Movie Stars Smoking On Screen Encourages Teen Smoking [06/30-1]
Excerpts from: Pictures of Puffing Stars Encourages Teen Smoking
By Alison McCook Reuters [06/29/04]
Watching a favorite movie star smoke appears to encourage teen girls to adopt the habit themselves, according to new findings released Tuesday.
Investigators found that girls who said their favorite celebrity was someone who had smoked in at least two recent movies were almost twice as likely to start smoking within the next three years as girls whose favorite stars did not smoke in films.
"Really, smoking in movies is just an effective form of marketing," study author Dr. John Pierce told Reuters Health.
Pierce, based at the University of California in San Diego, added that it is also common for teens to copy their favorite stars' clothing, hair and jewelry. Those habits are easy to alter as styles evolve, he said, but once teens become hooked on smoking, "that is something that's very hard to change."
Pierce noted that the tobacco industry has argued that it does not pay for actors to smoke on screen, and actors do it simply because it makes them feel more comfortable.
If that is the case, then one could argue that the stars themselves are responsible for encouraging teens to smoke, and should be held accountable for that, Pierce noted.
To investigate whether watching stars smoke on-screen influences teens to do the same, Pierce and his colleagues asked 3104 never-smokers between the ages of 12 and 15 to name their two favorite female stars and two favorite male movie stars.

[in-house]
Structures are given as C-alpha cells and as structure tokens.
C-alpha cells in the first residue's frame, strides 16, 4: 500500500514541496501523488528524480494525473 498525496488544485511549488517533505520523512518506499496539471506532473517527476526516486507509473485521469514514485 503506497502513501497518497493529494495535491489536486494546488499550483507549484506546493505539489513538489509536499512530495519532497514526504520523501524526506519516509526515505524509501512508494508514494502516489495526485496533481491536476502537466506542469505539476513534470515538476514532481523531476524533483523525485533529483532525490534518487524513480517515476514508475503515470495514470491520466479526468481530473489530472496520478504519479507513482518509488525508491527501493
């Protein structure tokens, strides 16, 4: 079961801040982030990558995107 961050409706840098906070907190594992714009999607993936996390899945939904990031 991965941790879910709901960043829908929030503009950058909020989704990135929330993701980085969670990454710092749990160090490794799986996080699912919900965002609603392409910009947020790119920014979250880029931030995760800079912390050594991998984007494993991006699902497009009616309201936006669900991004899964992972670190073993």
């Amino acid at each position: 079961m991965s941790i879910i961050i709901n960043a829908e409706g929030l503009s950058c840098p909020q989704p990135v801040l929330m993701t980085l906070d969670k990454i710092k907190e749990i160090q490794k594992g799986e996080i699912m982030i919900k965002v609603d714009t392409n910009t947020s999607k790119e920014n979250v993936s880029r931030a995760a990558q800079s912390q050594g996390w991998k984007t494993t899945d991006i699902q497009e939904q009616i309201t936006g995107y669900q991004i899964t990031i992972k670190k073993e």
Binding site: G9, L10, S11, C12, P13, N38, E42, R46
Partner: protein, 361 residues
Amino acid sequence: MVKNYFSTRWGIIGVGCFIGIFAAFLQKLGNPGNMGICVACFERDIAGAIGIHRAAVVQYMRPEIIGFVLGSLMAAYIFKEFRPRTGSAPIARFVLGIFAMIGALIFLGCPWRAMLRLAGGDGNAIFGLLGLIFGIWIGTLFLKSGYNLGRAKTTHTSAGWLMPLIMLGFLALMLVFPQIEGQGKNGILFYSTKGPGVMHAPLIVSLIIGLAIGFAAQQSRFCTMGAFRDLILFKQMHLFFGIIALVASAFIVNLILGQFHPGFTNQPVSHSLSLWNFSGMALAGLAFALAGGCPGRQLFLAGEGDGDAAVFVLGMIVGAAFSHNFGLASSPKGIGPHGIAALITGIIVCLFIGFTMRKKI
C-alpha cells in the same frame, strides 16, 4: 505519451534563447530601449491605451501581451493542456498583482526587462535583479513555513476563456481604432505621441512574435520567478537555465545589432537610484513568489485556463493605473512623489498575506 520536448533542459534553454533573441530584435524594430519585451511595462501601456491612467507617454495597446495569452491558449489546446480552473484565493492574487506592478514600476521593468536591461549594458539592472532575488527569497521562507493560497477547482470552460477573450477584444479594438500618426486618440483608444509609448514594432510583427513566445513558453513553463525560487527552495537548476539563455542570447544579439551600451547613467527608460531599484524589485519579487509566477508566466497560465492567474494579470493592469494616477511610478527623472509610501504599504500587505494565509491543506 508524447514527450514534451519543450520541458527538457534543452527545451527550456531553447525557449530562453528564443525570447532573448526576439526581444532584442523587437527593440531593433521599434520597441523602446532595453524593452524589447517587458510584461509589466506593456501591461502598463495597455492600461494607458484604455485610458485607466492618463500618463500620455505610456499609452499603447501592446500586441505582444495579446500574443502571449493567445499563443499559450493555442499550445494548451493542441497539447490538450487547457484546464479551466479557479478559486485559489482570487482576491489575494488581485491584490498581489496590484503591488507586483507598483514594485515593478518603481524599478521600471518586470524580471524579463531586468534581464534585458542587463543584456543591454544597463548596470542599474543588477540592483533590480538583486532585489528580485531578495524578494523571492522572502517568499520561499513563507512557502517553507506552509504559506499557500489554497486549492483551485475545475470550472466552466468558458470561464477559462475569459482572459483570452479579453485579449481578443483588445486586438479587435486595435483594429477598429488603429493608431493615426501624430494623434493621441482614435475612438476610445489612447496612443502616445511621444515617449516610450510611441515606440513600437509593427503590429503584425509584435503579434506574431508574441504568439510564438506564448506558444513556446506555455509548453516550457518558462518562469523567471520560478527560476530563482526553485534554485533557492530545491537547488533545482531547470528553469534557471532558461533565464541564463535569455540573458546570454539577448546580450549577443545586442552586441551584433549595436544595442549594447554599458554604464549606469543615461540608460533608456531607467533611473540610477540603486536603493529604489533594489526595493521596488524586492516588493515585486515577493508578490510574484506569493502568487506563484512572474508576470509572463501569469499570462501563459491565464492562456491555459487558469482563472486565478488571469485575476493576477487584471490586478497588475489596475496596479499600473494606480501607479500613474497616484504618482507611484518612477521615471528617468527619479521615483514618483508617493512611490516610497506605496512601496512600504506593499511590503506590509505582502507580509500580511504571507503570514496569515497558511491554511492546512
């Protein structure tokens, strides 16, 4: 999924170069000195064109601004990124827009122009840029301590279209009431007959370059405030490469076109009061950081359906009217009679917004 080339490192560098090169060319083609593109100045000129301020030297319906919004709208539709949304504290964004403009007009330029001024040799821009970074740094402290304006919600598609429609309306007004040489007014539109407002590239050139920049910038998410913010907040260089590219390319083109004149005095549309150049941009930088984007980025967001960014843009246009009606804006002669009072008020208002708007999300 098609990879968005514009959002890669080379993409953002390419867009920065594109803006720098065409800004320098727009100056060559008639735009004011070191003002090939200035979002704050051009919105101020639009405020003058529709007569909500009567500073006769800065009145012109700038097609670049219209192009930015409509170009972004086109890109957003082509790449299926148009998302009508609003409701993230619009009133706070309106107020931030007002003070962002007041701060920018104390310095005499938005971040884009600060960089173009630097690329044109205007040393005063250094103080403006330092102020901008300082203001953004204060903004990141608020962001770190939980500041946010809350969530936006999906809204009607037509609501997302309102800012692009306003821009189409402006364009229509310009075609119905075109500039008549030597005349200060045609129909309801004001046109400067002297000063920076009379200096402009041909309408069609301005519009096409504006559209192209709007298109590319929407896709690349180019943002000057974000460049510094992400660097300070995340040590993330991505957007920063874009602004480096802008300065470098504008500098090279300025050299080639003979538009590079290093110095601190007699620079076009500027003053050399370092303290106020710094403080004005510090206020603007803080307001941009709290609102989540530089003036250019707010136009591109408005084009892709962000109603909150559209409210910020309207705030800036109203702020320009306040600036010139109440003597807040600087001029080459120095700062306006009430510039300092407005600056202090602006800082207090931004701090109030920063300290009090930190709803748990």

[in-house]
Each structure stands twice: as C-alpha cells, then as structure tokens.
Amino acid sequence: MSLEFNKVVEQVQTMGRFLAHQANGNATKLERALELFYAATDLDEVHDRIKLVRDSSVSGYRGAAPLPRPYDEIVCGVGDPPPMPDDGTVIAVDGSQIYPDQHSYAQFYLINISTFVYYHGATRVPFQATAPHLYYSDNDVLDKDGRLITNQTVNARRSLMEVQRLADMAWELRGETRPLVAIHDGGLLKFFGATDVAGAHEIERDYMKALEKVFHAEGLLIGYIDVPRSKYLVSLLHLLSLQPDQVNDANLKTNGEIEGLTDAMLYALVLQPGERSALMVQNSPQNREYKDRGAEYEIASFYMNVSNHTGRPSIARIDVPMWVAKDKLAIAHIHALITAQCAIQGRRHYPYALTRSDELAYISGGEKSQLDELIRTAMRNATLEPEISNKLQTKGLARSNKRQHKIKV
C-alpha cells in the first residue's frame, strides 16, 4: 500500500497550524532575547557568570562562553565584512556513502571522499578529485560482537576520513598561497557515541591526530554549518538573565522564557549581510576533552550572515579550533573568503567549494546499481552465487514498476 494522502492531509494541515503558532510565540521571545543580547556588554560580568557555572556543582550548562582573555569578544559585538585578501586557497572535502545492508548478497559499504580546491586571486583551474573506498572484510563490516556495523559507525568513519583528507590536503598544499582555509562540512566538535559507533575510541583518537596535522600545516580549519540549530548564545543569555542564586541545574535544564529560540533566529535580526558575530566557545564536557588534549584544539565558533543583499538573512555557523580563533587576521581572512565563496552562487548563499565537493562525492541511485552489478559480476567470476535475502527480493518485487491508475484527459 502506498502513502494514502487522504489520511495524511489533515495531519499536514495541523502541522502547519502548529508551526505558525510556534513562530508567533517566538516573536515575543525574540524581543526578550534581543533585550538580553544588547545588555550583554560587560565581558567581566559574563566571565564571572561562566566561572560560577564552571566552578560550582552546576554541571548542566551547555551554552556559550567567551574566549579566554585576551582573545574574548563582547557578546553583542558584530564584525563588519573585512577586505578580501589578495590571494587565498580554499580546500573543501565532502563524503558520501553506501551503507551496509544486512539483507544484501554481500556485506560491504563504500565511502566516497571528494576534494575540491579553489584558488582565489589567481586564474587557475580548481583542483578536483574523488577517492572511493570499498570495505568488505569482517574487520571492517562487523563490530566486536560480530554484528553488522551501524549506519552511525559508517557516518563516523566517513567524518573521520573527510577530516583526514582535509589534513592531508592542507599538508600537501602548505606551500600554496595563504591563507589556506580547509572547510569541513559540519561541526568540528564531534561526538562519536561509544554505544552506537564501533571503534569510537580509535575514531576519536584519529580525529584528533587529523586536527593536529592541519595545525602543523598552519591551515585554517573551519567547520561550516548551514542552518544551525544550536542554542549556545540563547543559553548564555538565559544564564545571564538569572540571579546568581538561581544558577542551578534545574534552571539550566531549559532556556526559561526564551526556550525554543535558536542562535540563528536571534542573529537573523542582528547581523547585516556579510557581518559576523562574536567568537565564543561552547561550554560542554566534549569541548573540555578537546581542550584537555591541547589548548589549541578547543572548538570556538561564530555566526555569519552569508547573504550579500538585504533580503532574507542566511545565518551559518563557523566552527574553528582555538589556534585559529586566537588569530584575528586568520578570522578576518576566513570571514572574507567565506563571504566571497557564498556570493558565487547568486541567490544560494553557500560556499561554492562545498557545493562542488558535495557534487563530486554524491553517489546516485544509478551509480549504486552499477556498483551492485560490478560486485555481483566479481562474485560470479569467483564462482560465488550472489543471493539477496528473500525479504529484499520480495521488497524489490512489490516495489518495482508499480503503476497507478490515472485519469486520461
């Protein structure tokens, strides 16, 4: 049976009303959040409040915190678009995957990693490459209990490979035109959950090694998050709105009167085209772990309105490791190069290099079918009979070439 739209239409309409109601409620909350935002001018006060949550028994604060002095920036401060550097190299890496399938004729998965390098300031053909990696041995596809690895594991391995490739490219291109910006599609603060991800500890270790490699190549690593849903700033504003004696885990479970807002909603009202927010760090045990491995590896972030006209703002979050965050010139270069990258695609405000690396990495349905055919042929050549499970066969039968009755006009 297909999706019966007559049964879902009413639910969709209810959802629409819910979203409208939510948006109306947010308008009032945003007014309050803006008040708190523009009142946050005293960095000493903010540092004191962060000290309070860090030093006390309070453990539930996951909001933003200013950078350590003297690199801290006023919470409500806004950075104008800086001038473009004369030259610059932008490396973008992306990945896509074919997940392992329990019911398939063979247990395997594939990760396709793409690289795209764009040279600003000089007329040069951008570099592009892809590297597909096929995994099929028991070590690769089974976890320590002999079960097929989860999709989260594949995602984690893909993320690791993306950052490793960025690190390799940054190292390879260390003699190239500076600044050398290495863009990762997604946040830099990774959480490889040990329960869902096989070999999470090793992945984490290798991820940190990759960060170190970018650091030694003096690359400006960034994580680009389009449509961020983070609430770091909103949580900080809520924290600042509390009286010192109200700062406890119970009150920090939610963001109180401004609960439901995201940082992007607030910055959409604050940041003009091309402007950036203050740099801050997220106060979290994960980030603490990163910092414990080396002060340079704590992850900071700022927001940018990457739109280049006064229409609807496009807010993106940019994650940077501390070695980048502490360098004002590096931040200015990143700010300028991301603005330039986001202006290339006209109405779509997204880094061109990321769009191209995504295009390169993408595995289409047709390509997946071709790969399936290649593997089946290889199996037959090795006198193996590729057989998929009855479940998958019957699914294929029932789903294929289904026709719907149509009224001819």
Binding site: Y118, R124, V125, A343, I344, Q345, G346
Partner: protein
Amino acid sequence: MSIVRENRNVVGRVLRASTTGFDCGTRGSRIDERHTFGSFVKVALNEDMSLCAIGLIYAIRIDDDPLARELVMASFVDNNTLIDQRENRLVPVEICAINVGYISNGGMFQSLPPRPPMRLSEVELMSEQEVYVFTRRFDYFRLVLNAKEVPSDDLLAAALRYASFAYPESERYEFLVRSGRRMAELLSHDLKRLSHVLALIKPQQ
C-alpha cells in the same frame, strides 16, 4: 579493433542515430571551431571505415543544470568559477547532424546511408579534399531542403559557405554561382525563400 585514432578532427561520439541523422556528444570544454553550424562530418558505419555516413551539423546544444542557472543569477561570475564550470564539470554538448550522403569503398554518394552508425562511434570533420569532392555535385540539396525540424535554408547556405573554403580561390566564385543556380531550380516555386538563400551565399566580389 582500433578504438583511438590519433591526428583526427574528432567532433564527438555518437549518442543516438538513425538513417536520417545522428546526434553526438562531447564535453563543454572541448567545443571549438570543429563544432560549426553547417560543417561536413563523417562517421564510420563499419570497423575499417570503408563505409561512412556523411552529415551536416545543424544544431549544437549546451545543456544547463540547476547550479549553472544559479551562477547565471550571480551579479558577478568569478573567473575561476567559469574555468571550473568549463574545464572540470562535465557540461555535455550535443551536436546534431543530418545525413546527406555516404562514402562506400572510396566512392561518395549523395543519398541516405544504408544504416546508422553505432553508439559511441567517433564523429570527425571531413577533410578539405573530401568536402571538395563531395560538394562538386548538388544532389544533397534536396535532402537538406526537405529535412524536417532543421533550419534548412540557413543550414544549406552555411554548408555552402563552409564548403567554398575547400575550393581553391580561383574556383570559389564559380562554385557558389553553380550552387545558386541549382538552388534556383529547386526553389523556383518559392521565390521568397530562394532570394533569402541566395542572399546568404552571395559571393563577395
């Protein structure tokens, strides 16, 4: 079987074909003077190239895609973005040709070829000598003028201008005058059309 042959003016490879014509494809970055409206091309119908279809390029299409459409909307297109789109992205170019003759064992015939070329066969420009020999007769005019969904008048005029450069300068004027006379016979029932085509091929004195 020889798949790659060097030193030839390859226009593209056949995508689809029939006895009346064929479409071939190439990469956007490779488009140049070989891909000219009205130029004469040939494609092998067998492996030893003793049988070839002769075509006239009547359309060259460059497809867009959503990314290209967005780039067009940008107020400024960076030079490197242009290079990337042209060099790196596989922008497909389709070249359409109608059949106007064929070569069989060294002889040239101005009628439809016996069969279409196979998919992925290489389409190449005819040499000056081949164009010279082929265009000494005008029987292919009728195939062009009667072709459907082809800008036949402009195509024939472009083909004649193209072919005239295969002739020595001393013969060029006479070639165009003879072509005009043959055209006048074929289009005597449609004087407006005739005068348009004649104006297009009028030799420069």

The researchers reviewed the stars' movies during the past 3 years, and counted them as smokers if they puffed during at least two films. They then re-interviewed teens three years later, to see how many had started smoking.
When Pierce and his team first contacted teens in 1996, the most popular stars among teen girls were Brad Pitt, Sandra Bullock and Leonardo DiCaprio. Favorite actors for boys were Pamela Anderson, Sandra Bullock and Demi Moore. More than 40 percent of girls and 30 percent of boys had favorite stars who smoked.
Favorite stars who did not smoke on-screen included Jim Carrey, Tom Hanks and Tom Cruise.
Although girls appeared to be influenced by the smoking habits of favorite stars, boys were not, the authors report in the American Journal of Public Health.
Pierce explained that his team also measured each child's susceptibility to smoking -- defined as being unwilling to rule out the option of future smoking. This removed the possibility that only those who were susceptible to smoking would have a favorite star who smoked on-screen, he said.
Dr. Stanton Glantz of the University of California in San Francisco, who was not an author of the paper, noted that research shows that the more teens see people smoke, the more likely they are to pick up the habit. The latest findings suggest that policymakers should strictly limit teens' exposure to on-screen smoking, he said
click here to view this study from the American Journal of Public Health
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